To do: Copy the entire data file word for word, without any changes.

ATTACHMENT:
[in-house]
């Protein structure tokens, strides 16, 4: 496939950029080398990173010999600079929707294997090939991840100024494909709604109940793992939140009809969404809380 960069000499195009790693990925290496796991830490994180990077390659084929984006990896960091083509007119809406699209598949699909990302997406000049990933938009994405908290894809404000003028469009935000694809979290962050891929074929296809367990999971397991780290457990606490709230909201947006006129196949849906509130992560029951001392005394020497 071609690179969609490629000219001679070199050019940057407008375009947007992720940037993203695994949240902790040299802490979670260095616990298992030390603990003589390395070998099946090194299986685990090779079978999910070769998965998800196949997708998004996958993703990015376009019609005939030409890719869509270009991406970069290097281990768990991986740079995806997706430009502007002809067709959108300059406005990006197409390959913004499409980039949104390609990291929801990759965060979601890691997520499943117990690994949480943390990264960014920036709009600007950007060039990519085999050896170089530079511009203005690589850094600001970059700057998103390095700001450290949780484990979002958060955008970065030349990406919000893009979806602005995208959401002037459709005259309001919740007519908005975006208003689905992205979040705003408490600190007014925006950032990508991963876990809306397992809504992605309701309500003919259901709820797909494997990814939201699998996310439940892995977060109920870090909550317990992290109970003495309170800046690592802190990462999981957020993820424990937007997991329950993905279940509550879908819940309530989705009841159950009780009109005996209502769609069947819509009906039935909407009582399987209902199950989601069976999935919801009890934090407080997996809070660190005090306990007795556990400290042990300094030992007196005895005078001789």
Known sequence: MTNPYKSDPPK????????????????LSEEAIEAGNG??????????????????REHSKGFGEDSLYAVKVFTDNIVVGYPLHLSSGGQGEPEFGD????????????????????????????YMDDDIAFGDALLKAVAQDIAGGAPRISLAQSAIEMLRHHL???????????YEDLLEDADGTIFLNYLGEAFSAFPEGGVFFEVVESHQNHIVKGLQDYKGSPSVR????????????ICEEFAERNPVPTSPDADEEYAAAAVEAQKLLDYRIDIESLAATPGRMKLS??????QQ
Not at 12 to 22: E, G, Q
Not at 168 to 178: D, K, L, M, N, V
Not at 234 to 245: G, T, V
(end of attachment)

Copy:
[in-house]
């Protein structure tokens, strides 16, 4: 496939950029080398990173010999600079929707294997090939991840100024494909709604109940793992939140009809969404809380 960069000499195009790693990925290496796991830490994180990077390659084929984006990896960091083509007119809406699209598949699909990302997406000049990933938009994405908290894809404000003028469009935000694809979290962050891929074929296809367990999971397991780290457990606490709230909201947006006129196949849906509130992560029951001392005394020497 071609690179969609490629000219001679070199050019940057407008375009947007992720940037993203695994949240902790040299802490979670260095616990298992030390603990003589390395070998099946090194299986685990090779079978999910070769998965998800196949997708998004996958993703990015376009019609005939030409890719869509270009991406970069290097281990768990991986740079995806997706430009502007002809067709959108300059406005990006197409390959913004499409980039949104390609990291929801990759965060979601890691997520499943117990690994949480943390990264960014920036709009600007950007060039990519085999050896170089530079511009203005690589850094600001970059700057998103390095700001450290949780484990979002958060955008970065030349990406919000893009979806602005995208959401002037459709005259309001919740007519908005975006208003689905992205979040705003408490600190007014925006950032990508991963876990809306397992809504992605309701309500003919259901709820797909494997990814939201699998996310439940892995977060109920870090909550317990992290109970003495309170800046690592802190990462999981957020993820424990937007997991329950993905279940509550879908819940309530989705009841159950009780009109005996209502769609069947819509009906039935909407009582399987209902199950989601069976999935919801009890934090407080997996809070660190005090306990007795556990400290042990300094030992007196005895005078001789």
Known sequence: MTNPYKSDPPK????????????????LSEEAIEAGNG??????????????????REHSKGFGEDSLYAVKVFTDNIVVGYPLHLSSGGQGEPEFGD????????????????????????????YMDDDIAFGDALLKAVAQDIAGGAPRISLAQSAIEMLRHHL???????????YEDLLEDADGTIFLNYLGEAFSAFPEGGVFFEVVESHQNHIVKGLQDYKGSPSVR????????????ICEEFAERNPVPTSPDADEEYAAAAVEAQKLLDYRIDIESLAATPGRMKLS??????QQ
Not at 12 to 22: E, G, Q
Not at 168 to 178: D, K, L, M, N, V
Not at 234 to 245: G, T, V